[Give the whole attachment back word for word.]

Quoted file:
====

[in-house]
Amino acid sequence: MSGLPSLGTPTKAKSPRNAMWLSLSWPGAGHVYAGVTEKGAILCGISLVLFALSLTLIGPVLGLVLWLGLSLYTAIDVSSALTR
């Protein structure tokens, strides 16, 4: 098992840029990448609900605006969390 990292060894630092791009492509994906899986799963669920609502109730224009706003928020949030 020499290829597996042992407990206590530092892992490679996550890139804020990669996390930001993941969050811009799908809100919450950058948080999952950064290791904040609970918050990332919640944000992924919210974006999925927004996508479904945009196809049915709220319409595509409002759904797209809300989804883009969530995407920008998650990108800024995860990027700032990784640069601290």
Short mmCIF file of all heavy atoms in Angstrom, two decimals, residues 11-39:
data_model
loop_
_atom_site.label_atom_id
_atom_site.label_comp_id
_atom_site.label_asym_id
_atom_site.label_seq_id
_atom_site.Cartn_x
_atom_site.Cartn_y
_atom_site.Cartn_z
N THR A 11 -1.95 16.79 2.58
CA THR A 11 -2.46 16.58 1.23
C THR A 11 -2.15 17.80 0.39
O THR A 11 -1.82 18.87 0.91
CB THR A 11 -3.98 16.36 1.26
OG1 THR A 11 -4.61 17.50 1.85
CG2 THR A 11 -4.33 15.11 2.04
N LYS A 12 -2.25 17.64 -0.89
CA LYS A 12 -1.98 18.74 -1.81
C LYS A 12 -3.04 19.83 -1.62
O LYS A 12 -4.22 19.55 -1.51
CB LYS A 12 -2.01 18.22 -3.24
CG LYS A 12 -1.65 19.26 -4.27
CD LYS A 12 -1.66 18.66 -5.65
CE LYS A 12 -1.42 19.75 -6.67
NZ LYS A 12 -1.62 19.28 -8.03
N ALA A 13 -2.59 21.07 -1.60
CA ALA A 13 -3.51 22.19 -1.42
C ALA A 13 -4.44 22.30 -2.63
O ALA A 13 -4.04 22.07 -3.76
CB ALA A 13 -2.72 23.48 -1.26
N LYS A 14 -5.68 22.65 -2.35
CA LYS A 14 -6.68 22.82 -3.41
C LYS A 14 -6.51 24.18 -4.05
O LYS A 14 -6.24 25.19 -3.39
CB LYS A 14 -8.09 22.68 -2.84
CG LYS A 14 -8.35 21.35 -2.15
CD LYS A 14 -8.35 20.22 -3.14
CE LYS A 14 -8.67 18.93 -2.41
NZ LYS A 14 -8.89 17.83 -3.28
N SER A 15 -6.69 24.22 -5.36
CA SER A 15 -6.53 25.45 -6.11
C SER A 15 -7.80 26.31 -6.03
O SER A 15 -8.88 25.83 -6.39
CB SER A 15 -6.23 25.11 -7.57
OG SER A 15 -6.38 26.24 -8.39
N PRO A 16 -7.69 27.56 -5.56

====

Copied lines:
[in-house]
Amino acid sequence: MSGLPSLGTPTKAKSPRNAMWLSLSWPGAGHVYAGVTEKGAILCGISLVLFALSLTLIGPVLGLVLWLGLSLYTAIDVSSALTR
């Protein structure tokens, strides 16, 4: 098992840029990448609900605006969390 990292060894630092791009492509994906899986799963669920609502109730224009706003928020949030 020499290829597996042992407990206590530092892992490679996550890139804020990669996390930001993941969050811009799908809100919450950058948080999952950064290791904040609970918050990332919640944000992924919210974006999925927004996508479904945009196809049915709220319409595509409002759904797209809300989804883009969530995407920008998650990108800024995860990027700032990784640069601290």
Short mmCIF file of all heavy atoms in Angstrom, two decimals, residues 11-39:
data_model
loop_
_atom_site.label_atom_id
_atom_site.label_comp_id
_atom_site.label_asym_id
_atom_site.label_seq_id
_atom_site.Cartn_x
_atom_site.Cartn_y
_atom_site.Cartn_z
N THR A 11 -1.95 16.79 2.58
CA THR A 11 -2.46 16.58 1.23
C THR A 11 -2.15 17.80 0.39
O THR A 11 -1.82 18.87 0.91
CB THR A 11 -3.98 16.36 1.26
OG1 THR A 11 -4.61 17.50 1.85
CG2 THR A 11 -4.33 15.11 2.04
N LYS A 12 -2.25 17.64 -0.89
CA LYS A 12 -1.98 18.74 -1.81
C LYS A 12 -3.04 19.83 -1.62
O LYS A 12 -4.22 19.55 -1.51
CB LYS A 12 -2.01 18.22 -3.24
CG LYS A 12 -1.65 19.26 -4.27
CD LYS A 12 -1.66 18.66 -5.65
CE LYS A 12 -1.42 19.75 -6.67
NZ LYS A 12 -1.62 19.28 -8.03
N ALA A 13 -2.59 21.07 -1.60
CA ALA A 13 -3.51 22.19 -1.42
C ALA A 13 -4.44 22.30 -2.63
O ALA A 13 -4.04 22.07 -3.76
CB ALA A 13 -2.72 23.48 -1.26
N LYS A 14 -5.68 22.65 -2.35
CA LYS A 14 -6.68 22.82 -3.41
C LYS A 14 -6.51 24.18 -4.05
O LYS A 14 -6.24 25.19 -3.39
CB LYS A 14 -8.09 22.68 -2.84
CG LYS A 14 -8.35 21.35 -2.15
CD LYS A 14 -8.35 20.22 -3.14
CE LYS A 14 -8.67 18.93 -2.41
NZ LYS A 14 -8.89 17.83 -3.28
N SER A 15 -6.69 24.22 -5.36
CA SER A 15 -6.53 25.45 -6.11
C SER A 15 -7.80 26.31 -6.03
O SER A 15 -8.88 25.83 -6.39
CB SER A 15 -6.23 25.11 -7.57
OG SER A 15 -6.38 26.24 -8.39
N PRO A 16 -7.69 27.56 -5.56